Portland, Oregon has a wide variety of nicknames – the Rose City (or City of Roses), Stumptown, Rip City, Silicon Forest, PDX – but in our investigation into our beloved town’s nicknames, we’ve saved the most misunderstood one for last – Slabtown.

Why is it misunderstood? For starters, it’s not a nickname for the city – it’s a nickname for one of the neighborhoods!

Intrigued? Read on and we’ll delve deeper.

Why Slabtown?

In the 1870s, a new lumber mill opened on Northrup Street. The mill threw away the scrap wood from cut logs, called “slabwood,” which residents, particularly poorer residents, collected as a source of cheap heating and cooking fuel.

These Portlanders would stack the slabwood outside the fronts of their homes, living along the streetcar lines to allow for easy commuting access to and from their jobs, typically at the docks, slaughterhouses, and lumber mills throughout Portland.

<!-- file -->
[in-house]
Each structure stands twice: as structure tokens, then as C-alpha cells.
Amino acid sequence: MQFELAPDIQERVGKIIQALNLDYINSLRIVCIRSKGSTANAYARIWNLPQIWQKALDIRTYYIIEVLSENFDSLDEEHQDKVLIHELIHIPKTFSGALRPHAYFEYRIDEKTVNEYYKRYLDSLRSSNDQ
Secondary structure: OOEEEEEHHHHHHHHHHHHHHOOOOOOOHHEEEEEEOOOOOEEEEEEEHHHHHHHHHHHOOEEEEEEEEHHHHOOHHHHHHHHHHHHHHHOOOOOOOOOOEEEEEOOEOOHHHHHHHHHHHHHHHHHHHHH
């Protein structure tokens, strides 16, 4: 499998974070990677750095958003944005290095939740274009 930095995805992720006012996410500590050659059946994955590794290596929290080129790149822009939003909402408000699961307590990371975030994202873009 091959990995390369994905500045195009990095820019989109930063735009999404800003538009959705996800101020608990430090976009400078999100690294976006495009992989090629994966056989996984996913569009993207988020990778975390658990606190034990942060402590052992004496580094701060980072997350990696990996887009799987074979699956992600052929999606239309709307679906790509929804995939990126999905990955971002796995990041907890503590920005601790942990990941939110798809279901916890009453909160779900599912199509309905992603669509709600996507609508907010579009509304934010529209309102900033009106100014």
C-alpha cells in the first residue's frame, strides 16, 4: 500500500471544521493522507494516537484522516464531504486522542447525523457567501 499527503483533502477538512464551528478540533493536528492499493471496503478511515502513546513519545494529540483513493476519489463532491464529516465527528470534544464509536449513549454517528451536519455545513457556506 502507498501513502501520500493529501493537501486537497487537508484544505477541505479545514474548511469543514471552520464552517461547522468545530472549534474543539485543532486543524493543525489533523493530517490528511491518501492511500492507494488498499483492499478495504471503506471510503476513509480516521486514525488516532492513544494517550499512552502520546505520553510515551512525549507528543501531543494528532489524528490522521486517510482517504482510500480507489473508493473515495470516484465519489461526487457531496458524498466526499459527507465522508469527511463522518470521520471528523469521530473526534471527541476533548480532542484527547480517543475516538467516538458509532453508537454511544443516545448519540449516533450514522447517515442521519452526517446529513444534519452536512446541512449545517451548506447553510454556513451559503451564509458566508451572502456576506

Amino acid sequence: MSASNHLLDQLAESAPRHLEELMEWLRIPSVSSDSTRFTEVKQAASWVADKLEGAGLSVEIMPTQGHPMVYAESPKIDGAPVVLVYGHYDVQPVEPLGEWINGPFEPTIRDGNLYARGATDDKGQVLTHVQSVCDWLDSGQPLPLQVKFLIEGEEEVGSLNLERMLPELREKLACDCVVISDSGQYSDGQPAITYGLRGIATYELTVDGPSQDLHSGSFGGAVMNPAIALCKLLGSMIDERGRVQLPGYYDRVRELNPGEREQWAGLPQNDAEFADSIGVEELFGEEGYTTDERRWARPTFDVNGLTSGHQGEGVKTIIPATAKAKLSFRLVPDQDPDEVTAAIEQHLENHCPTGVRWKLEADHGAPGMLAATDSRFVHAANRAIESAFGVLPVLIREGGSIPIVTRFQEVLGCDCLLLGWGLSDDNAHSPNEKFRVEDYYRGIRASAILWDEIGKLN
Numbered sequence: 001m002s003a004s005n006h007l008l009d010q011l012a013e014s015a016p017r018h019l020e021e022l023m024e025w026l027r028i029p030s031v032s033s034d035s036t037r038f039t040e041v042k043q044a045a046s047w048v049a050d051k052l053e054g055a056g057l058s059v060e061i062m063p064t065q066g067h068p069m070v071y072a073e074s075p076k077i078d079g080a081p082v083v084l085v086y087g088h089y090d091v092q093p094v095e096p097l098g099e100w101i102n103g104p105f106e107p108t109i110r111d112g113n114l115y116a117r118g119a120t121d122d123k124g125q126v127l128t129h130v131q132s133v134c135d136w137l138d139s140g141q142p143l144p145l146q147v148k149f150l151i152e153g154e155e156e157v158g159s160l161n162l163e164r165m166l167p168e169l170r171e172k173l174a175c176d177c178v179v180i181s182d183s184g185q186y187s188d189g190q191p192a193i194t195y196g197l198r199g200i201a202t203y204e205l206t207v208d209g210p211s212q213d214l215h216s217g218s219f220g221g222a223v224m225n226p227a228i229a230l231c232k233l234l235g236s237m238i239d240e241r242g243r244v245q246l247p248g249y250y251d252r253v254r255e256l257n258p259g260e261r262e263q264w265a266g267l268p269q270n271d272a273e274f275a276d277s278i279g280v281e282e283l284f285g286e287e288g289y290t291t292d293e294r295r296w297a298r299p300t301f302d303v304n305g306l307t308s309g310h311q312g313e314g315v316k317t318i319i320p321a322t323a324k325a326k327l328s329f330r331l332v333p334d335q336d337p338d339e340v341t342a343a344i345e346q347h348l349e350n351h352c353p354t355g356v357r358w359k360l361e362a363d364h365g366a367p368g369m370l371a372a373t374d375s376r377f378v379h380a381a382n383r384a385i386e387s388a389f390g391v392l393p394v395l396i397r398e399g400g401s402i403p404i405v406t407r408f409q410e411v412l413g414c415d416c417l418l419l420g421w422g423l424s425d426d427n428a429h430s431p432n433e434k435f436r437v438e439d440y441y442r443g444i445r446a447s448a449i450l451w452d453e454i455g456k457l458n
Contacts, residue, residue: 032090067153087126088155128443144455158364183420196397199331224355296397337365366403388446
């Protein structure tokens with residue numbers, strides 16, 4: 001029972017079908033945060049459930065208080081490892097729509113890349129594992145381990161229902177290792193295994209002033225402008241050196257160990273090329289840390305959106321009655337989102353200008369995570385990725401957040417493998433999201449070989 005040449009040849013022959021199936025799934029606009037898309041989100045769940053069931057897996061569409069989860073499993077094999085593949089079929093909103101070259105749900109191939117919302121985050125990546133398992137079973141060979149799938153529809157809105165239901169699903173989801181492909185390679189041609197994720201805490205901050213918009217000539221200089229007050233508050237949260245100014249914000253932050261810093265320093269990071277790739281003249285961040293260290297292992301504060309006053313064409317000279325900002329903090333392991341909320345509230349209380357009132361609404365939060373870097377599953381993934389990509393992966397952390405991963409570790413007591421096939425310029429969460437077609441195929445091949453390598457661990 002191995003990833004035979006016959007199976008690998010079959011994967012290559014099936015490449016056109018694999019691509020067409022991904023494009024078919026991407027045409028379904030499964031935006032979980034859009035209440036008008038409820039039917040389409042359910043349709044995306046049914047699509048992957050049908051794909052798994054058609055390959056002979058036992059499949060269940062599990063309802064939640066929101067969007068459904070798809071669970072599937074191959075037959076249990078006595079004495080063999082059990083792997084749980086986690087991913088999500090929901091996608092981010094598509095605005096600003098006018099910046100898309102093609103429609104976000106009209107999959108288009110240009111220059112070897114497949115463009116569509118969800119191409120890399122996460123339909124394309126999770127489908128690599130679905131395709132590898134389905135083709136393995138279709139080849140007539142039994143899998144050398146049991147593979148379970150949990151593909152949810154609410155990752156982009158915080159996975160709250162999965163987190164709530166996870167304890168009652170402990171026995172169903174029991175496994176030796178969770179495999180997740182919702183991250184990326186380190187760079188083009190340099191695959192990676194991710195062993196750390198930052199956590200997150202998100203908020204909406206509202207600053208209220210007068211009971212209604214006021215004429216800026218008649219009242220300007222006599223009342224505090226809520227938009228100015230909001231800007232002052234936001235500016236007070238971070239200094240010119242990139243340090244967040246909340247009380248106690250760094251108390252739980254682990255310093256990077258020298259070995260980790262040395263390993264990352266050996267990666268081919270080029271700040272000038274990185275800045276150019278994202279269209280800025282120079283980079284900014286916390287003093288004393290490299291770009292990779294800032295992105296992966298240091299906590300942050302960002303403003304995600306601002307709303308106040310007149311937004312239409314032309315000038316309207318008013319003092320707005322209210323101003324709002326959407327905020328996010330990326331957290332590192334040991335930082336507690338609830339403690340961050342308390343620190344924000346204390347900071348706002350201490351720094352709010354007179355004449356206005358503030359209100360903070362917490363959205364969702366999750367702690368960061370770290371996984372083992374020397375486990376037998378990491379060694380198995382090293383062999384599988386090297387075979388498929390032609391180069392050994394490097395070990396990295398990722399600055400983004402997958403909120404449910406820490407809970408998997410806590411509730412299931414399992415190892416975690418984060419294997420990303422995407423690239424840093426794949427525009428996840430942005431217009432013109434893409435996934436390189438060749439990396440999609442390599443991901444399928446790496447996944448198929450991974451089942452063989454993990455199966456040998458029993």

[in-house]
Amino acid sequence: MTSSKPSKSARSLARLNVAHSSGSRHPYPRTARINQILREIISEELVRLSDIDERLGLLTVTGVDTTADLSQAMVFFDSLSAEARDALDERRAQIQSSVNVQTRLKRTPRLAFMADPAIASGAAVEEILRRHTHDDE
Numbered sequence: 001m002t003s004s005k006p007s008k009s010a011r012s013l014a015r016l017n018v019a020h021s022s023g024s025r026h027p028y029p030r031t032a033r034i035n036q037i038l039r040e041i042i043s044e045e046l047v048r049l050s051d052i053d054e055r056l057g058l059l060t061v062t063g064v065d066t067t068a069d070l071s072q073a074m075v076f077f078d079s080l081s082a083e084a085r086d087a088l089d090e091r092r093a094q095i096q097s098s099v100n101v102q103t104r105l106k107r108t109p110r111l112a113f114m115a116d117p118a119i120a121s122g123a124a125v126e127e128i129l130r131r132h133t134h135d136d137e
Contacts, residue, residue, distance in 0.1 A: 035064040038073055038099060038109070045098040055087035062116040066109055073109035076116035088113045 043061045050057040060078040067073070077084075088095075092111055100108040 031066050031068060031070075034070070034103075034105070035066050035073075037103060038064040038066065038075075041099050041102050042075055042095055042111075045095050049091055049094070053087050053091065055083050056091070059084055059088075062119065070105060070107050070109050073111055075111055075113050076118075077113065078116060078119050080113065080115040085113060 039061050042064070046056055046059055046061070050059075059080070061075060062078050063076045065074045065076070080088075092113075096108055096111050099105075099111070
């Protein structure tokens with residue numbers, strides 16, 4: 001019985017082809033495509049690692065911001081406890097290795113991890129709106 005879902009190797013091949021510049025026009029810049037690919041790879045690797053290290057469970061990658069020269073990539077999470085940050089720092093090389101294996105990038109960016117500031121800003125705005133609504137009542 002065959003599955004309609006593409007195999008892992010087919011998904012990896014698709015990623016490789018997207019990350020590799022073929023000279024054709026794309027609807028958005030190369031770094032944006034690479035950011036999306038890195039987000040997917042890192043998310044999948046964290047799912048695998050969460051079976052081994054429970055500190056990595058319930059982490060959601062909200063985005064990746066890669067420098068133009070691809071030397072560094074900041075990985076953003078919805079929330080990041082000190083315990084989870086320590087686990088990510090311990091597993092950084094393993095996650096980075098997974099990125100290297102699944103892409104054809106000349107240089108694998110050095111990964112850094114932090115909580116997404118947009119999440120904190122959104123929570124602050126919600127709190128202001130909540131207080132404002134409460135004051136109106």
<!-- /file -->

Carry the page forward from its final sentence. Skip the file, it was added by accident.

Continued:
Because of the difficulties of areas with low socioeconomic status and correlations to crime rate, Slabtown quickly became known as a rougher part of the city leading to some people believing that it earned its nickname because you might end up “dead on a slab” if you spent too much time in that part of town, thus “Slabtown.” However, the nickname refers to the stacks of slabwood making the area appear to be a town defined by stacked wood – Slabtown.


Where is Slabtown now?

What once was the roughest part of town with high levels of crime is now the neighborhood sandwiched between the Northwest District and the Pearl.

That’s right – the ritzy residential areas and restaurants stretching from NW Vaughn Street to NW Glisan Street (North-South boundary) and from I-405 (NW 16th) to NW 20th are where Slabtown currently resides. Just a few blocks west, and you’ll be able to visit upscale stores of NW 23rd Avenue and bars on NW 21st, and just a few blocks east will put you in the Pearl.

Care to learn more? Check out our References for this topic – we particularly enjoyed doing the research for this one.

Is there anything else about Portland you’d like us to answer? Leave your suggestions in the comments!

References



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